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HOME > CENTRAL TAIWAN > ARTS & LEISURE

COMPASS MAGAZINE > June 2016
 

Exquisitely delicate eggshell porcelain from a Taichung artist

Exquisitely delicate eggshell porcelain from a Taichung artist

Exquisitely delicate eggshell porcelain from a Taichung artist

By Uvia Chang
Translated by Anna Yang

Eggshell china refers to porcelain that literally is as thin as an eggshell, with a smooth and translucent surface. Its weight in your hand is as light as a cicada's wing or piece of silk. Such amazing work is produced right here in Taichung, with Jingde township's eggshell porcelain representing a heritage that has been passed down from the Northern Song dynasty to modern times.

Taichung resident Tsai Ming-ho is a famed eggshell porcelain master who was honored among "100 Famous Taiwanese" in 2013. After several years of painstaking research work into eggshell porcelain, he was able to create the thinnest porcelain in the world, setting a Guinness World Record with porcelain with a thickness of 0.04 millimeter--the same as a strand of hair.

Ho's exquisite work has surprised many fellow professional porcelain makers in Jingde township. The challenging creation process begins with gathering the raw materials, clay molding, repairing, glazing, coloring, and fired under mega-hot temperatures. A total of 40 steps in this process takes four months to complete and the failure rate is very high, necessitating plenty of patience and skill. Clearly, an artist must be willing to accept such challenges to create such artistic beauty.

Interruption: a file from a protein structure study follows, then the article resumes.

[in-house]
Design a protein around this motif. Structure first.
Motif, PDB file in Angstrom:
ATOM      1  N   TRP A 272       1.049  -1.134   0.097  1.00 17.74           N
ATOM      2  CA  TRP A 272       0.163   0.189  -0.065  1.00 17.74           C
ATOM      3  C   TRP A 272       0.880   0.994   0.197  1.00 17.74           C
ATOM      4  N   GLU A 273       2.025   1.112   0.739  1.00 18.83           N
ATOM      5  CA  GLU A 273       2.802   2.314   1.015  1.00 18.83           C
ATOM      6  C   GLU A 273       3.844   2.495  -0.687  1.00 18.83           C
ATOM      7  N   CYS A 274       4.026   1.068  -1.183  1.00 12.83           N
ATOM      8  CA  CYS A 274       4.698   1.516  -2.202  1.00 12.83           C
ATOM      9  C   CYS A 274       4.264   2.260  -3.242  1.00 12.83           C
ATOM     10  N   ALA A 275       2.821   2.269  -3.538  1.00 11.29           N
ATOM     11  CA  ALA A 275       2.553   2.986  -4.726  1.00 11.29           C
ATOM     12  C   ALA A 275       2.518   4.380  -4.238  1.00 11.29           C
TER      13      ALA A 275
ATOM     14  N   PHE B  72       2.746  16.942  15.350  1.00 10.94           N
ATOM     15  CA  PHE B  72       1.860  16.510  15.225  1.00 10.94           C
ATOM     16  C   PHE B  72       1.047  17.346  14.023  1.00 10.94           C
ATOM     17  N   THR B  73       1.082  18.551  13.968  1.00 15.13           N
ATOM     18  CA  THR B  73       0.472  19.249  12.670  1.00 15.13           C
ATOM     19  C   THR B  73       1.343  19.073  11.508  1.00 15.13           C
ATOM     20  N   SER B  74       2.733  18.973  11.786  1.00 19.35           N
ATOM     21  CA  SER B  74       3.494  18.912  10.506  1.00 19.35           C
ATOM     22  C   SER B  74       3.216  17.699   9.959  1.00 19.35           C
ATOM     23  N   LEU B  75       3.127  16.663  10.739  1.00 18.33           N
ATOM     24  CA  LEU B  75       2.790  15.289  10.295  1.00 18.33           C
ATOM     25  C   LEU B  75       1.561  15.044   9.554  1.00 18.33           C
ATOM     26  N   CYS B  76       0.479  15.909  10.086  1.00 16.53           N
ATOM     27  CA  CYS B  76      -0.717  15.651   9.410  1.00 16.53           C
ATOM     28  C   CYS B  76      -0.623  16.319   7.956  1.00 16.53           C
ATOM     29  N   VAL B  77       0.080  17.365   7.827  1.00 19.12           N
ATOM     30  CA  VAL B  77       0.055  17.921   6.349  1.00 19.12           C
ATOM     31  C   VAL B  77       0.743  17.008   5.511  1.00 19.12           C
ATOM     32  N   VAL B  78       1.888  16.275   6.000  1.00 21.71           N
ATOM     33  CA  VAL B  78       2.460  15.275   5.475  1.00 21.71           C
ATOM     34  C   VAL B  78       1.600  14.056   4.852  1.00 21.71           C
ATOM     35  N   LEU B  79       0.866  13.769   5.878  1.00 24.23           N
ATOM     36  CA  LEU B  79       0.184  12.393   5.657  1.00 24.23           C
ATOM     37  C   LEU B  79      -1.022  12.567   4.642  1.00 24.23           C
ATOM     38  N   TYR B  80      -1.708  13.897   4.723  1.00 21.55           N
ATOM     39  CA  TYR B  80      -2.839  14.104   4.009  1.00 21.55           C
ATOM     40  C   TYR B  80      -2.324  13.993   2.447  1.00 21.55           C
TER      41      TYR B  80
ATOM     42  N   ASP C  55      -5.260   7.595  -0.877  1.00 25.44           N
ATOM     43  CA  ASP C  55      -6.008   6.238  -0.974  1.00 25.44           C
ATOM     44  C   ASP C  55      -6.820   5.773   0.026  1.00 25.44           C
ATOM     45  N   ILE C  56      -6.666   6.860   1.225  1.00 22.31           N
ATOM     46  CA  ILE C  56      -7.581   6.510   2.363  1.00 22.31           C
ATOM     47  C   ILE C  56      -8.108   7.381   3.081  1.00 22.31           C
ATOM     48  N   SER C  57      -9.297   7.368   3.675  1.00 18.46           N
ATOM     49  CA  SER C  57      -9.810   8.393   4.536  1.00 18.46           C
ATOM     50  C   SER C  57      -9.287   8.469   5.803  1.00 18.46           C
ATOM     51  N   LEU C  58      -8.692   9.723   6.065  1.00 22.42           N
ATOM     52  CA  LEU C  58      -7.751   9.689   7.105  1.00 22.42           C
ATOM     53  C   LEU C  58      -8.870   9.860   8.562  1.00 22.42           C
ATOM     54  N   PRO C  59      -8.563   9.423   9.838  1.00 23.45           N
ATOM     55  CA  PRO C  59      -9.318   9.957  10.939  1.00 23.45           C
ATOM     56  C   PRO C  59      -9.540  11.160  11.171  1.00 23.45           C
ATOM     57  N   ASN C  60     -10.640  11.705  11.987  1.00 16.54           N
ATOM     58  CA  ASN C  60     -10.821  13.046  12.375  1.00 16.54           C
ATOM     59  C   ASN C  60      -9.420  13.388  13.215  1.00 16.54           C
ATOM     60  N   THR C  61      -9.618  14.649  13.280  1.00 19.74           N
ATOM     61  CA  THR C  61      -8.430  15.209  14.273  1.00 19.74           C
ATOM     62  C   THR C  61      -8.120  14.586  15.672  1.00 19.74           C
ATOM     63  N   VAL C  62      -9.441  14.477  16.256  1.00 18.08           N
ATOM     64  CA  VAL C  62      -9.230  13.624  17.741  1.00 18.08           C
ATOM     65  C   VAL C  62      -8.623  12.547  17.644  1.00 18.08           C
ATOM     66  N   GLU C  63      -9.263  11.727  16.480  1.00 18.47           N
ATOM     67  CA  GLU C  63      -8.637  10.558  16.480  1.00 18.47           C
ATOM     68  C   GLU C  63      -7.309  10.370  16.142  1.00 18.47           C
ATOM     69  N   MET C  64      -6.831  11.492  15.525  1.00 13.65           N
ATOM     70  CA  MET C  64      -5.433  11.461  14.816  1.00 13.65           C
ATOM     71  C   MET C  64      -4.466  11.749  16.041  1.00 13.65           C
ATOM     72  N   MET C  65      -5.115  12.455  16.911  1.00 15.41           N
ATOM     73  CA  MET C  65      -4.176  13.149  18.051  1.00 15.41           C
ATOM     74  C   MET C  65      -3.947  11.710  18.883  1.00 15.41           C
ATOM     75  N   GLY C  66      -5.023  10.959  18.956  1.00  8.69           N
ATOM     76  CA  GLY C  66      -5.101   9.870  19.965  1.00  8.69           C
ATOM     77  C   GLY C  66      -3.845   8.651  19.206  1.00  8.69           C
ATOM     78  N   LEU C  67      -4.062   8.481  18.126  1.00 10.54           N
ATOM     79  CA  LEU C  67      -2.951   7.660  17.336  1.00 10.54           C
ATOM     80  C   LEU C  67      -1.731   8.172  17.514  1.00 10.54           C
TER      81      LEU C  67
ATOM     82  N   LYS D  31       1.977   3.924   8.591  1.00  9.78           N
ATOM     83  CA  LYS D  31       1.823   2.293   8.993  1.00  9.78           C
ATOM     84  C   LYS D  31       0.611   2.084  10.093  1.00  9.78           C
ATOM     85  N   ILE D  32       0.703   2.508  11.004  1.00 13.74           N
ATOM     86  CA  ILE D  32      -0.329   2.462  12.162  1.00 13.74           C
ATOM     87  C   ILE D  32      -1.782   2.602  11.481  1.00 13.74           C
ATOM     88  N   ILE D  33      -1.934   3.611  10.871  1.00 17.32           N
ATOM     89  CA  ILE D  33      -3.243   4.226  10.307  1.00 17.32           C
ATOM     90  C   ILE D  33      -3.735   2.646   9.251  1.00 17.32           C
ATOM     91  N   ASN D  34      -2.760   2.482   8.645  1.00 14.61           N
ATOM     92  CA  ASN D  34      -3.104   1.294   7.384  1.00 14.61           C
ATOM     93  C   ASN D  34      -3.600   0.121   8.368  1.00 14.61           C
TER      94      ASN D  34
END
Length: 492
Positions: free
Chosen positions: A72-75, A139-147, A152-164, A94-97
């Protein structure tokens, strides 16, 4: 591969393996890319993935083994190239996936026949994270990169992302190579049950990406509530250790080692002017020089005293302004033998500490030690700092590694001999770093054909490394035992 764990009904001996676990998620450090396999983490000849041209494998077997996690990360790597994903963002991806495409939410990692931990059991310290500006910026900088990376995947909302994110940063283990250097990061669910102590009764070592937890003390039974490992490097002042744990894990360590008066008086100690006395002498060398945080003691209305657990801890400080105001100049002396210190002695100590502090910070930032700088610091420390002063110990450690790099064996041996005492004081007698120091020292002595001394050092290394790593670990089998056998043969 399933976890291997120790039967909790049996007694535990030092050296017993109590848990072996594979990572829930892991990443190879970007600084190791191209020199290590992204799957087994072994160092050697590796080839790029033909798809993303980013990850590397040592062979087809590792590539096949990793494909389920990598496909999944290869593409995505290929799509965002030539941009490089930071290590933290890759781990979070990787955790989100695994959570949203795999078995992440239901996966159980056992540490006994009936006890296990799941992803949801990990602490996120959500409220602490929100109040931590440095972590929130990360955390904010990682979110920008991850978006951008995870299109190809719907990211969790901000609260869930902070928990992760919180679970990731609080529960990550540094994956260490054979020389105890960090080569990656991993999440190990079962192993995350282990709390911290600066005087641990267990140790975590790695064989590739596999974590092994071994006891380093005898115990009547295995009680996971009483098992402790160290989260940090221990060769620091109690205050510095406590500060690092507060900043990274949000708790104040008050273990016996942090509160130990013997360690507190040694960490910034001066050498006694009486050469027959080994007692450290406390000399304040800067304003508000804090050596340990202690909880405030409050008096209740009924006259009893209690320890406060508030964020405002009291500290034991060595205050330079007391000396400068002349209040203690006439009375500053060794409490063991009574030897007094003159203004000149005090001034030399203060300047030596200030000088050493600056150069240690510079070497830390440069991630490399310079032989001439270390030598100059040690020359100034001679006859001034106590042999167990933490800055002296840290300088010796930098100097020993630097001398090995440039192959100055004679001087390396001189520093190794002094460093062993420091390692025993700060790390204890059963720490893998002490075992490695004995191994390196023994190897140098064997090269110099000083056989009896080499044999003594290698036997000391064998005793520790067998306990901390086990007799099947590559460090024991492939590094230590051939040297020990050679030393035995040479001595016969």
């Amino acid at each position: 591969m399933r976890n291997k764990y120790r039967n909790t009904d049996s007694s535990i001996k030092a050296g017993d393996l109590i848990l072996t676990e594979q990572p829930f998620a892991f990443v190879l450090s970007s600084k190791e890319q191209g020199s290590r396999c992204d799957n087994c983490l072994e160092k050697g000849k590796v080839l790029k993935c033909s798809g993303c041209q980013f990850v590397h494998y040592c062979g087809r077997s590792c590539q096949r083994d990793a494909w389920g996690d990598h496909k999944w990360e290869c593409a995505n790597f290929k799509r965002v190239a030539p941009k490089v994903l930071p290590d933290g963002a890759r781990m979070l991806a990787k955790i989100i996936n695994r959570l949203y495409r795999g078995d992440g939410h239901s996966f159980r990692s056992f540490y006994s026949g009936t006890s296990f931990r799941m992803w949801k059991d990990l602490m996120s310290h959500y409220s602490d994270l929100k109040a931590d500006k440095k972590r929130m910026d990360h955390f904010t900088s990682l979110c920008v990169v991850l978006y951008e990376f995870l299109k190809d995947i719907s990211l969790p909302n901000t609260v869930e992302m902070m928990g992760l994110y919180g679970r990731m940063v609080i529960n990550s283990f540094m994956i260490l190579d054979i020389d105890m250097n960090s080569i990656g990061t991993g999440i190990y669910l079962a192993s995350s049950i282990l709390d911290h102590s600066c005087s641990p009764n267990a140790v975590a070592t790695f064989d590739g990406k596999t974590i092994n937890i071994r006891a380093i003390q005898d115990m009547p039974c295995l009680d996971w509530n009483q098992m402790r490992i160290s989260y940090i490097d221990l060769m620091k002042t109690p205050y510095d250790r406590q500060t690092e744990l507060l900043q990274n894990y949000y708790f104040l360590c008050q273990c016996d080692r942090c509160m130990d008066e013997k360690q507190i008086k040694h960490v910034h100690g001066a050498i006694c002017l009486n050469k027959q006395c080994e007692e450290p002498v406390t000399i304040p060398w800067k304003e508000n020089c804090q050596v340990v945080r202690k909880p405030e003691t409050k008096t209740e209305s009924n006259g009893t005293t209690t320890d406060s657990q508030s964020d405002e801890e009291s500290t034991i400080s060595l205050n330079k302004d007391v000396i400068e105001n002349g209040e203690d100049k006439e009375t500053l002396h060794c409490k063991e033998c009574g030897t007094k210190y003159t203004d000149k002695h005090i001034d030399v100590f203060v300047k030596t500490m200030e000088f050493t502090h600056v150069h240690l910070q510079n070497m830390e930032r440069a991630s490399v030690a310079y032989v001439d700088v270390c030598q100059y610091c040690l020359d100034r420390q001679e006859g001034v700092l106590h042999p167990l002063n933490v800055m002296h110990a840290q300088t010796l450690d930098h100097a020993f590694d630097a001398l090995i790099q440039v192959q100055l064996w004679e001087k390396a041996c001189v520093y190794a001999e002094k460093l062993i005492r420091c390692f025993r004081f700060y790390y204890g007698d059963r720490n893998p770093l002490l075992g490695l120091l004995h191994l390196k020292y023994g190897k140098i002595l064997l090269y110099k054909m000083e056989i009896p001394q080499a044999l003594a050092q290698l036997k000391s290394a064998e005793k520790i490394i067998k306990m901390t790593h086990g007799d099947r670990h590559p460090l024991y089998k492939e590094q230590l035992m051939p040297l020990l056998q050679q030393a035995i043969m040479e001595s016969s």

Eggshell pottery can be appreciated from different angles and its distinguishing characteristics include an eggshell-like lightness and translucent white color. In fact, a spider web can support the weight of a bowl or cup. Rapping a finger against the 100% porcelain will also create a light, clear chiming resonance. Beneath the light, this porcelain translucence is a thing of natural beauty. Moreover, every handmade cup and bowl is individually unique and can be appreciated not only as a piece of art, but also as a container able to endure high temperatures, such as hot tea.

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